Researchers studying bats in Papua New Guinea came across a long-lost friend in their nets: a female identified as a New Guinea big-eared bat, reports Scientific American. It's noteworthy because no specimen has been seen in 124 years, and the species was feared to be extinct. Now that a positive ID has been made, researchers plan to return to the area to look for more and add to the scant knowledge of the creature. The bad news: The female found was "ethically euthanized" after it was caught, the Australian researchers write in the Conversation, so we'll hope she wasn't the last of her kind.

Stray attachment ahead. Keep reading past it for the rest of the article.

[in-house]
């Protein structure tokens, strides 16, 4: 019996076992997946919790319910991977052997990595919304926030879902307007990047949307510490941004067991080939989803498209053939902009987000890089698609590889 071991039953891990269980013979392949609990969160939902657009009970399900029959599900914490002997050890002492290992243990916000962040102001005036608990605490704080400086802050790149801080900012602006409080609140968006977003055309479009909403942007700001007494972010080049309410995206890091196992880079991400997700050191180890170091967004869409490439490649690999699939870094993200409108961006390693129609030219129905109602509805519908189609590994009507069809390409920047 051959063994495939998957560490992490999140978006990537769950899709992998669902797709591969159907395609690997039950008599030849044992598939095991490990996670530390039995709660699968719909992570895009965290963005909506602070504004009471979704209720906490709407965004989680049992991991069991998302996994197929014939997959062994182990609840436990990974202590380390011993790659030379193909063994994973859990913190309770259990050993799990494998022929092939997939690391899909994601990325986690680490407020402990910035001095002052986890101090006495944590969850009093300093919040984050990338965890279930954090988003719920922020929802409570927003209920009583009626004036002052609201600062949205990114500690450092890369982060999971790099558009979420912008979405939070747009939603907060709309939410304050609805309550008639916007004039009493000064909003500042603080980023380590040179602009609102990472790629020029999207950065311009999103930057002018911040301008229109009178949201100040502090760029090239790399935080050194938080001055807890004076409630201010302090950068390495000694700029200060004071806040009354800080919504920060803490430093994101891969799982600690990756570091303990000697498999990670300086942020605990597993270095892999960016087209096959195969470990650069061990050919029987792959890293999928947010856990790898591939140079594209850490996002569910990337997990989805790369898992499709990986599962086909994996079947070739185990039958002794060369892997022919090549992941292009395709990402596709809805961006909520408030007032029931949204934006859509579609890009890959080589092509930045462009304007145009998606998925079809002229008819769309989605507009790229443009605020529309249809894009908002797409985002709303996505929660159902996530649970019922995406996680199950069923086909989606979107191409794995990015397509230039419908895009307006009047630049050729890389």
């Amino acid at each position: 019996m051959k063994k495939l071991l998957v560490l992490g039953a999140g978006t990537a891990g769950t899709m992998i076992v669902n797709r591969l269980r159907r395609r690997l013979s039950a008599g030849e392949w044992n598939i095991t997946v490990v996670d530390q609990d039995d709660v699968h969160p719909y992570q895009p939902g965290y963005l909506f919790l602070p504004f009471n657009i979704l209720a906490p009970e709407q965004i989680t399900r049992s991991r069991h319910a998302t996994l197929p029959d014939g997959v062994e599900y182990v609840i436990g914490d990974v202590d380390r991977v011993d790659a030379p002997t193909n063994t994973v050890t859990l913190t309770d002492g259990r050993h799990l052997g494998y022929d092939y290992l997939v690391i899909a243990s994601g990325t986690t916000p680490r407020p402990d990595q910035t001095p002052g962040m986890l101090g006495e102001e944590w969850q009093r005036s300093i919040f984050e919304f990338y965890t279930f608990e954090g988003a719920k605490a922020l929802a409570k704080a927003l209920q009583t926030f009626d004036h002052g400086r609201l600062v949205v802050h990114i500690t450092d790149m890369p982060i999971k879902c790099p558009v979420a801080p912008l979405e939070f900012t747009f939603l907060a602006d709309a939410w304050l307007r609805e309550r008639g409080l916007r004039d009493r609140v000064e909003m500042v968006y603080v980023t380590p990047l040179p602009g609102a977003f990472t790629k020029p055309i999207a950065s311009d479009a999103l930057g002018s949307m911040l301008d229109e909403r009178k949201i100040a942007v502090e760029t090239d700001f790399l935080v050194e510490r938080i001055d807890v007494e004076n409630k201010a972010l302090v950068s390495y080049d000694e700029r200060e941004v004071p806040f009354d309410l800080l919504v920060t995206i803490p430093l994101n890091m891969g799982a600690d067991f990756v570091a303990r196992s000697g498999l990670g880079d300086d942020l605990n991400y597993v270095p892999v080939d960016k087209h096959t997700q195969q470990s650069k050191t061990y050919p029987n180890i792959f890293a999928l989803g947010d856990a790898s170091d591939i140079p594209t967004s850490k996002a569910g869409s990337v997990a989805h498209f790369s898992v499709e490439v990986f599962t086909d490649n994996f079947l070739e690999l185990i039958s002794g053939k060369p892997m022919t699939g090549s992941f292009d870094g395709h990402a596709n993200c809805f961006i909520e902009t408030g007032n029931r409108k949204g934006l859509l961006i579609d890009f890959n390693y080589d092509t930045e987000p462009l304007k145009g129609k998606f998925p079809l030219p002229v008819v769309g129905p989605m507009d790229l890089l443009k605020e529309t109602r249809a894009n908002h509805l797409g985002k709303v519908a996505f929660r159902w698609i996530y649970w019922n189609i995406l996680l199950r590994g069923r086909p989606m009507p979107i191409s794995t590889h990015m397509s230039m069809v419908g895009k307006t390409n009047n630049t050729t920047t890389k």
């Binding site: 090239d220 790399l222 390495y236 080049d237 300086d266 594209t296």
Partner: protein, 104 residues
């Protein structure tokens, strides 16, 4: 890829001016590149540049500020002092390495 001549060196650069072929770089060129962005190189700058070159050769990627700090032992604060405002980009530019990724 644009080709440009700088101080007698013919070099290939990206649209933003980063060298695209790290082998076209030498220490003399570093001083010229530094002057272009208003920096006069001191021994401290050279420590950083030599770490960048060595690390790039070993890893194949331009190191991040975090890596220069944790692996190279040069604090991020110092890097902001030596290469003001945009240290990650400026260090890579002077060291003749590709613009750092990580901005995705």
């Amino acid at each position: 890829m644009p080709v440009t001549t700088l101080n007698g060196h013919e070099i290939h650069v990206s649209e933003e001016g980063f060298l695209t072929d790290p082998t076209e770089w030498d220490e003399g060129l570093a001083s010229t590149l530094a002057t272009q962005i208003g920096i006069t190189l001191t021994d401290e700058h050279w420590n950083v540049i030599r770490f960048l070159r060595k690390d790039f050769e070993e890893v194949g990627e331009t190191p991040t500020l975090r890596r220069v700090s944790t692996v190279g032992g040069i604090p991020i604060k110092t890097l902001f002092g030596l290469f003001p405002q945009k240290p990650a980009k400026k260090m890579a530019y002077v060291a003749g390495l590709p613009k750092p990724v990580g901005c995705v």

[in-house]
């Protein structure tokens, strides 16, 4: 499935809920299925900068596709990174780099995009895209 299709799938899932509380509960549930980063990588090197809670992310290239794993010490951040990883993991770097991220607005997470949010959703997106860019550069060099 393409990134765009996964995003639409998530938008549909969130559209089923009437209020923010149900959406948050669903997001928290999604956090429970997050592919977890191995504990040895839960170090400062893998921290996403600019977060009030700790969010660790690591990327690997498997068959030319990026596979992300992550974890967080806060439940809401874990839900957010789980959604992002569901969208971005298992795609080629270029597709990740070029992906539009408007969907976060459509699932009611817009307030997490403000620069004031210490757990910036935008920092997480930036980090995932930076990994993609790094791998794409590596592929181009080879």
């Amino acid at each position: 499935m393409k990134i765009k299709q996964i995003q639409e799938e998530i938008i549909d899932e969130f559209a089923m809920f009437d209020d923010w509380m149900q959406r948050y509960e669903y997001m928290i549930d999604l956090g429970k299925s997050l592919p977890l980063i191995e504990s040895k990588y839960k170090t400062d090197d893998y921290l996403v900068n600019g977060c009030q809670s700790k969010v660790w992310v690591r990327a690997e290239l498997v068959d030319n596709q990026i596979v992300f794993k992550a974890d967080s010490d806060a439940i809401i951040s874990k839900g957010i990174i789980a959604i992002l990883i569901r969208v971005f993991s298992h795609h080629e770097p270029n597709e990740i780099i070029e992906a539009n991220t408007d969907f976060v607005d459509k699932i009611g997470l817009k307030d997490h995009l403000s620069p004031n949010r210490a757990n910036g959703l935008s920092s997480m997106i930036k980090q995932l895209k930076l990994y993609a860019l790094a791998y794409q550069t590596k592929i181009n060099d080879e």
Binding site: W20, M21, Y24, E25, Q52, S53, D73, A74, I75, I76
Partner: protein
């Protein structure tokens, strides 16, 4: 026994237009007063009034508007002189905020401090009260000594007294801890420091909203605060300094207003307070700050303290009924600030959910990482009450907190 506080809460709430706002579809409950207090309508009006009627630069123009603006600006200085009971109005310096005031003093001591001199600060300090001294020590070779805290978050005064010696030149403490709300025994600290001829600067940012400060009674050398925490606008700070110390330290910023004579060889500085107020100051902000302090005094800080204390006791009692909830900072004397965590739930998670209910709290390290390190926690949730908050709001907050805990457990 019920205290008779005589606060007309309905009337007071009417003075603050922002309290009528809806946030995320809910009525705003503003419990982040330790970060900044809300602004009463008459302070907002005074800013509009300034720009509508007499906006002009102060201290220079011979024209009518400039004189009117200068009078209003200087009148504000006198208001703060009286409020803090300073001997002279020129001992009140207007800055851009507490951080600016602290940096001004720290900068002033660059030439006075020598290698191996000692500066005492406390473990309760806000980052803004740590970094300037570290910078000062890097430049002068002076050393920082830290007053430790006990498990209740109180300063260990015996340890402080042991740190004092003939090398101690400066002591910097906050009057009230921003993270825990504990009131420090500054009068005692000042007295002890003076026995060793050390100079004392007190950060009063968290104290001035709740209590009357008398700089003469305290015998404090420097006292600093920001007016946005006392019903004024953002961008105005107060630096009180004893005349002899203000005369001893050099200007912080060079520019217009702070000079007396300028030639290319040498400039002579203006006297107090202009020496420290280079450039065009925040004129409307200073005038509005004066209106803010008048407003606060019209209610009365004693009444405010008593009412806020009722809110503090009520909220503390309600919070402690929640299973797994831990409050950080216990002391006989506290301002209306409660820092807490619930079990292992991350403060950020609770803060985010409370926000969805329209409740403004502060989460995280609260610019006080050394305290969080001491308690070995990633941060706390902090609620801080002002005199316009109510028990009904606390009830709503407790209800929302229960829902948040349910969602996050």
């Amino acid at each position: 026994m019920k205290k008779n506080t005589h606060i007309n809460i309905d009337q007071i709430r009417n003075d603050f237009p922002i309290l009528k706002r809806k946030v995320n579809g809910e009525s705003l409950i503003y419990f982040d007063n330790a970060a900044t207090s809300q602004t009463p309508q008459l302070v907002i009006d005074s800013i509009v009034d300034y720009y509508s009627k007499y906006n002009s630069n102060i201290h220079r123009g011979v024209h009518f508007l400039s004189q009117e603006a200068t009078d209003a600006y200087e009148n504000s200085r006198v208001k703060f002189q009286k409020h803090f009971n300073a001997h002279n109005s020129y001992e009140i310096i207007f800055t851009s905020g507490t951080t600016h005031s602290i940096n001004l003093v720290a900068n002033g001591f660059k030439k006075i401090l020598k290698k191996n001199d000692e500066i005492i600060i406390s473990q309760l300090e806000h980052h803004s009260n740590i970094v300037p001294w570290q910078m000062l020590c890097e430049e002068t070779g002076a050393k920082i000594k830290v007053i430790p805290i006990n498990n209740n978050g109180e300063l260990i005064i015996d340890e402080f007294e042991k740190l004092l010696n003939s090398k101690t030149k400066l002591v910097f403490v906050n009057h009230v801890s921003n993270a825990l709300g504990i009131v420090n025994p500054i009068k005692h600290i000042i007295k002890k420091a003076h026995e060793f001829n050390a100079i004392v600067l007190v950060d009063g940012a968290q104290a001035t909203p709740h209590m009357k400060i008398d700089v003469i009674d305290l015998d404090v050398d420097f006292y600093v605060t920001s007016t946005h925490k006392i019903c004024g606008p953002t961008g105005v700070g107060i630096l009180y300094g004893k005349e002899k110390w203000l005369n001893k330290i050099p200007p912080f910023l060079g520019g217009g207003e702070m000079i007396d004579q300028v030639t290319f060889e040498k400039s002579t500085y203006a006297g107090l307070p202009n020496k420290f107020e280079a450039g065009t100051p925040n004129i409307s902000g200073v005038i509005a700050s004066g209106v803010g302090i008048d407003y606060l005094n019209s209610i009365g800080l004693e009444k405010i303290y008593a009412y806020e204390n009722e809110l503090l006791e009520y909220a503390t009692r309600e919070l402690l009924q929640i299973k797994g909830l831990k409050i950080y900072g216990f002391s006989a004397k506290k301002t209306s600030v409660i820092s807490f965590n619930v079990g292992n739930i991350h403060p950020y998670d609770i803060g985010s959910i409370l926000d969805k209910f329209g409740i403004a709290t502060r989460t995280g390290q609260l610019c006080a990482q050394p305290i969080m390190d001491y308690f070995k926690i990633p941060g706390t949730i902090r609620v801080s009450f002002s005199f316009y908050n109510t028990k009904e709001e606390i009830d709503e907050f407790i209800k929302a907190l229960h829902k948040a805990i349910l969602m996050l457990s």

Assuming more exist, the big-eared bats might be in trouble anyway because of how quickly local rainforests are being cleared to make room for development and agriculture, say the researchers. The same applies to other microbats and creatures of all kinds. "Who knows what other species are out there?" they write. "If we’re not careful, they might be gone before we can find them." Adds John Platt of Scientific American: "We may not have another 120 years to save this rediscovered species." (Click to read about a long-lost snake also rediscovered.)